My Aunt Ruth Castaldo lives by herself, still drives occassionally and is the keeper of all the family stories. The other day, my aunt and I visited my great aunt, who is 92 and has an incredible memory. She almost reminds me of the story of the man that couldn’t forget. My Aunt Ruth’s story is worthy of a journal entry unto itself, having served in Pacific in WWII. But what she talked about the other day was about others. About the “others” that none of us know about.
Ruth Castaldo was born Ruth Edna Fields June 15, 1918 in Boston, MA to George A. and Nellie Fields. Ruth was my grandfather’s (Bill Fields) younger sister and like all the Fields that I’ve ever seen, they looked alike. Ruth married Pasquale Castaldo after the war and they had six children, one of whom, Therese Castaldo McMahon, I was able to meet the other day. Next time I visit Aunt Ruth, I want to ask her about her time in the Pacific. I know she has a number of pictures she took while there and I’d like to talk to her about it all.
However, this past Tuesday, Ruth told me some anecdotes that would have been lost with her. They aren’t much in the way of stories, but they add to the family folklore.
Ruth had a cousin named Edgar P. Houde born in 1909 in Nashua, NH to Joseph and Clara Houde (nee Deschamps.) I don’t have much information on Edgar, or any of my cousins, so I don’t know if he married, had children or when he passed away. But Aunt Ruth said that he developed diabetes and had to have one of his legs amputated. Apparently his diabetes got worse and he had to have his other leg amputated as well. Still, this didn’t stop Edgar. Edgar would walk around town on his stumps. No prostetics, no crutches, on his stumps. This must have been quite a site. To top it off, he would climp trees and fences to show off for the younger kids. With all the technology today with camera phones and videos, this would have been recorded within seconds and saved for posterity. Instead, we have to rely on the memory and the storytelling of our relatives to pass this down, following the true path of oral history.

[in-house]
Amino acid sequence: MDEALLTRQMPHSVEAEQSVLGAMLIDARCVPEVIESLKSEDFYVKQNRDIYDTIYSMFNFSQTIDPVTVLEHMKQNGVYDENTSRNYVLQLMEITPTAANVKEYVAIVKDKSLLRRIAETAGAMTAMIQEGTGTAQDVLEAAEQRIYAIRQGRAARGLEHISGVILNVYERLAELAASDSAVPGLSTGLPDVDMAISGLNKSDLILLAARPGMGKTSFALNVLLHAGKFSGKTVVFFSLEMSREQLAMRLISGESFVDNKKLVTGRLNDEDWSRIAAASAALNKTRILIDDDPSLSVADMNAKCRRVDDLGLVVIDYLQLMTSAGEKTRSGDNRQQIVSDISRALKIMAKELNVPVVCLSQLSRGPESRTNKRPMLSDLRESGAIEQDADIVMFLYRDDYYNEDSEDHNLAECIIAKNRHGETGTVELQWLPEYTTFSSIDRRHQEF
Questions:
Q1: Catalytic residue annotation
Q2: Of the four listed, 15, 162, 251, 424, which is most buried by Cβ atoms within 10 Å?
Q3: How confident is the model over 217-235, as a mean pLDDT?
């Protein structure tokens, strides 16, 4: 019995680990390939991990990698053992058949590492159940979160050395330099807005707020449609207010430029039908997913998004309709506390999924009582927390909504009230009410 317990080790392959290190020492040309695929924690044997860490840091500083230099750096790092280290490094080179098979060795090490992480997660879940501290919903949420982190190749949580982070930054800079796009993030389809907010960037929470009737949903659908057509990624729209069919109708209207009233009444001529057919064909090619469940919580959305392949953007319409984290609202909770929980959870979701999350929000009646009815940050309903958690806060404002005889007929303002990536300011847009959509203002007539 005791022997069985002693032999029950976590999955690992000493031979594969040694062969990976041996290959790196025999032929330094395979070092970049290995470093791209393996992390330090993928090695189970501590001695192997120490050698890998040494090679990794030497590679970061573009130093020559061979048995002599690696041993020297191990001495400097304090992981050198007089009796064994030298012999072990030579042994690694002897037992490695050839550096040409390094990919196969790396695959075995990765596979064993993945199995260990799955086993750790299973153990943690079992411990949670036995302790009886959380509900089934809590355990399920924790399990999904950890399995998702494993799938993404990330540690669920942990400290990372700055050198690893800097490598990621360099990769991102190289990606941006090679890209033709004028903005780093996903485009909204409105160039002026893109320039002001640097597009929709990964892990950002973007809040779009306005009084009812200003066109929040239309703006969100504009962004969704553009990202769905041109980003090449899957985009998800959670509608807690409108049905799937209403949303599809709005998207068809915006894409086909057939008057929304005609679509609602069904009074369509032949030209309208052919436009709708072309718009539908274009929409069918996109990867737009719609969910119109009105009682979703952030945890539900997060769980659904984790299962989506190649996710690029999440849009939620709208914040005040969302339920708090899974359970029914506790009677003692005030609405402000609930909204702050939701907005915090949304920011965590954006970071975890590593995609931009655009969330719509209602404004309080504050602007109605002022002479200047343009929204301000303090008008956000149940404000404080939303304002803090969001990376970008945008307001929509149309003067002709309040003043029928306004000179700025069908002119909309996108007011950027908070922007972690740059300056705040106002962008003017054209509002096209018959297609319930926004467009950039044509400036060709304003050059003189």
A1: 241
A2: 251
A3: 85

Another story that my aunt told us, was about her cousin Marie Wallace (nee Deschamps.) My Aunt Ruth was very close with her aunts, uncles and cousins in Nashua, but after many years, she lost track of some of her cousins. One day about twenty or more years ago, she asked someone about her cousin Marie. She was told that Marie Wallace was still alive and living in Antrim, NH. This just happened to be the same town where Ruth’s daughter lived. Being a small town, Ruth asked her daughter if she knew of Marie Wallace. Sure enough, Ruth’s daughter was treating Marie Wallace in the local hospital (?) and said that Marie’s son, George, came in quite often to visit. “Next time,” Aunt Ruth said, “tell him you’re cousins!”
In the grand scheme of our lives, these stories and memories don’t mean much to us. We all have similar memories of interesting family characters and meetings of chance. But they take on greater significance when we realize that they are ever so close to being lost forever. These are stories that many of us hear over the dinner table all the time and think them insignificant to write them down, to record them. With this blog and recording these memories, they won’t ever be gone and forgotten or tossed into the dustbin. My daughter may never know or care to know, about Edgar Houde and his ability to overcome great personal difficulties, but it’s providing her with the opportunity to be able to read these stories if she wants to.